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ECOWAS Role In Preventing/Countering Violent Extremism

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West Africa is made up of 16 African states located within the western most part of Africa. Its population put together is estimated at about 362 million people as of 2018 and 75 percent of this population live on less than $2 per day. All these are old news because the region was a hot spot for civil wars especially in the 1980s to the 1990s and since the millennium, many of its states have been grappling with crisis of leadership. Its regional body dubbed the Economic Community of West African States (ECOWAS) has remained steadfast in trying to institutionalize democratic ideals in the region. No doubt, ECOWAS contributions to regional peace in West Africa cannot be overemphasized.

However, the region is increasingly playing host to a lot of violent extremist groups and their violent activities. Surprisingly, the growing trend of violent extremism in the region seem to be either unnoticed or not given the desired attention. The case of Nigeria is well recognized globally because of the mindless activities of Boko Haram and for a long time, Boko Haram was seen as a Nigerian problem.

The group which started violent activities since 2009 have so far killed more than 20,000 people in the last decade and more than 2 million displaced spreading into neighboring countries like Niger, Chad and Cameroon. Within the West African region, Mali is a hot spot that is well known with intensified activities of violent extremists in several of its regions including the Ménaka region.

In Cote d’Ivoire, the killings  at a beach resort in Grand-Bassam in 2016 remains fresh in our memories. Burkina Faso is also battling with increased attacks by violent extremists in the Northern Province which led to the declaration of state of emergency in the area. Groups like AQIM and AAD are said to be spreading across the region and they are getting bolder. There are reports that members of these groups have been arrested in Guinea, Guinea-Bissau and Senegal.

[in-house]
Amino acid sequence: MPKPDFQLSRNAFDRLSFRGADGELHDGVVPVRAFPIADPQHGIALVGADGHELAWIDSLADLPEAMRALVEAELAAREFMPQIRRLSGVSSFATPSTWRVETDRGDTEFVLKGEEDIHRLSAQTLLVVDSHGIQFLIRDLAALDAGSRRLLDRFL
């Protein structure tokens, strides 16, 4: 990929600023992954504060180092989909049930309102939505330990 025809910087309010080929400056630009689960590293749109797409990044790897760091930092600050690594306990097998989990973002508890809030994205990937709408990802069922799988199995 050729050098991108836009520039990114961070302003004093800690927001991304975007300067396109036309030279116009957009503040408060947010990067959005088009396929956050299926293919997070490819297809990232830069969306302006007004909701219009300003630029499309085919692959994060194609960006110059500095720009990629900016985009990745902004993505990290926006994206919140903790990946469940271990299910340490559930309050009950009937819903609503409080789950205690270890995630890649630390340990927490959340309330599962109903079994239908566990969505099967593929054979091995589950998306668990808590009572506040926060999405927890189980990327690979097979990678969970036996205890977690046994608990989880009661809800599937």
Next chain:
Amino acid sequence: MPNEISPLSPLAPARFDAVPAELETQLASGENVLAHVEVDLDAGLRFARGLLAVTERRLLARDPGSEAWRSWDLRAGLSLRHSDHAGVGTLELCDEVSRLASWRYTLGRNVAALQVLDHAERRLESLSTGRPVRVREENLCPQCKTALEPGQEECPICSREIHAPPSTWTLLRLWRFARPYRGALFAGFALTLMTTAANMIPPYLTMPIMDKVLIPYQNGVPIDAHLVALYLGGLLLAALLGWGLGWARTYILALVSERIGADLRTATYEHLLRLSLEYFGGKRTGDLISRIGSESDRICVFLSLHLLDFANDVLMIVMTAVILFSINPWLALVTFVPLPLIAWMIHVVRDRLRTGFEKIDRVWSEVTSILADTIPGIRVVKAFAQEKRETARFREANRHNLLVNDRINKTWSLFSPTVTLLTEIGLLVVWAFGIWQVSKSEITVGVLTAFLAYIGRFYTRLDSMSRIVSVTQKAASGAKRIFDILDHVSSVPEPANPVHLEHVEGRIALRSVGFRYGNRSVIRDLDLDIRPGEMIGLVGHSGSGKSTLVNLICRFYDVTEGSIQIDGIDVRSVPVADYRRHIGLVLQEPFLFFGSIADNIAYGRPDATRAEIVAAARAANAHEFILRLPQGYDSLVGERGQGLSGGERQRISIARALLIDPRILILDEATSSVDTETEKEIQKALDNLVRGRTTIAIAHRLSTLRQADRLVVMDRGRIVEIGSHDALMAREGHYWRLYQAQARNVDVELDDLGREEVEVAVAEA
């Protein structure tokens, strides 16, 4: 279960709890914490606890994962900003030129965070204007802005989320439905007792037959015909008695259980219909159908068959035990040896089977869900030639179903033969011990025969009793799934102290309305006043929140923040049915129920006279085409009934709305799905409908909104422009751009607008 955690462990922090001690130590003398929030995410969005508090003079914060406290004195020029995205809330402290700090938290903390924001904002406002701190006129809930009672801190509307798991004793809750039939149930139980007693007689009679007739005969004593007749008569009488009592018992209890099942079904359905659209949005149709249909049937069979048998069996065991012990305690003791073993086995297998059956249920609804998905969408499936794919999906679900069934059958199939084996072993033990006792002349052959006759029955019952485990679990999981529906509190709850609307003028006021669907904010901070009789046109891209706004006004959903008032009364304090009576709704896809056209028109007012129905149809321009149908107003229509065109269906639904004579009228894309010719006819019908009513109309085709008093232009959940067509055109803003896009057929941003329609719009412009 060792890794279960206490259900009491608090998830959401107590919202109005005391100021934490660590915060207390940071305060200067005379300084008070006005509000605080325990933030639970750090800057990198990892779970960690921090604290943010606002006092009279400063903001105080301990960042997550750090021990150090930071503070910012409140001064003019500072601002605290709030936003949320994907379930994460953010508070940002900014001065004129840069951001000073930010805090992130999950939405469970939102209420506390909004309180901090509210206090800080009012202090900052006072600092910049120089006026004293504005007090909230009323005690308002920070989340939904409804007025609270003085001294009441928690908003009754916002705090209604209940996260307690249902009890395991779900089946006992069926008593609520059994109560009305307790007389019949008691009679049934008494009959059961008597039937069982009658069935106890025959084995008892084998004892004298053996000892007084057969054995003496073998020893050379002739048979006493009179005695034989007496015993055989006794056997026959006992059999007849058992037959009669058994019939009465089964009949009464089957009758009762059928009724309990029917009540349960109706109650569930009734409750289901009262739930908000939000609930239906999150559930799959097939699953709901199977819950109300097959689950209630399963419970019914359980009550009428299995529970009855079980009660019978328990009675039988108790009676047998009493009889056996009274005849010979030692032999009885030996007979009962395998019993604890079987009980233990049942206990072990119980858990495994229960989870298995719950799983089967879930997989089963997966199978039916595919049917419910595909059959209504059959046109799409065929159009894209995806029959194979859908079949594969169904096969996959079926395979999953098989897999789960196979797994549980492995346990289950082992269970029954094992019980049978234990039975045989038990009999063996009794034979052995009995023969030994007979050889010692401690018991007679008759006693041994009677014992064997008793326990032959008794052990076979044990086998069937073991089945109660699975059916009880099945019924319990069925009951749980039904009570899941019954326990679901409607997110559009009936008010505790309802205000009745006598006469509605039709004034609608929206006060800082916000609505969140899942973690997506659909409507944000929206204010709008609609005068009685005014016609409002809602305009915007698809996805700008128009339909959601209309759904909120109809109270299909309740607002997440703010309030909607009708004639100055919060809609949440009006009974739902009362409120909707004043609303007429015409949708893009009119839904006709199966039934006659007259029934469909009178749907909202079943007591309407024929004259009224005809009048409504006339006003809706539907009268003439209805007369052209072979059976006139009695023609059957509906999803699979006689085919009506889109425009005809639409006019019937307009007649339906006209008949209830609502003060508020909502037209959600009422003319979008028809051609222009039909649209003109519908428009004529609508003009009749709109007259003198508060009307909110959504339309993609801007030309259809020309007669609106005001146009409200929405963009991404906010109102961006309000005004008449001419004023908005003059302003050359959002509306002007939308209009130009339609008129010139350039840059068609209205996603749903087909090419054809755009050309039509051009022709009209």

It is expected in the future that this trend is going to spread faster because of ECOWAS free movement of citizens of ECOWAS to travel around the region without visas, and border areas. Incidentally, most of the borders are poorly controlled so tracking of suspicious people will not be feasible. This is not to say that the West African states have not been taking measures to prevent or counter violent extremists.

Indeed, in their respective states, there have been several legislations and programmes designed to prevent and counter violent extremism. Unfortunately, a review of most of the respective states’ efforts in preventing or countering violent extremism have been centred on military offensive. But recent research have shown that the presence of soldiers in the bid to counter violent extremism leads to a scattering of the groups into different parts of the region thereby empowering them even further. Even the millions of dollars in international funding support from the United States and European Union have been focused on supporting military engagements and workshops/conferences whose impact hardly trickle to address the root cause of violent extremism. This makes one to begin to interrogate the essence of these international supports and the real intentions behind them.

I think the West African countries under the auspices of ECOWAS seem to be underestimating the threat of violent extremism. Issues such as state torture and extrajudicial killings and other forms of human rights abuses in the course of the respective governments combating this threat remains the main factors pushing people towards accepting violent extremism.

The West African countries respond to the threat of violent extremism individually, applying hard power approach. Unfortunately, the borderless system of sovereign states orchestrated by emerging technologies have rendered state actors almost useless in their respective bid to combat violent extremism. The only option left for the West African states is to aggressively adopt a regional integrated action plan to effectively prevent/counter violent extremism.

– Mamud, an expert on security issues wrote from Abuja

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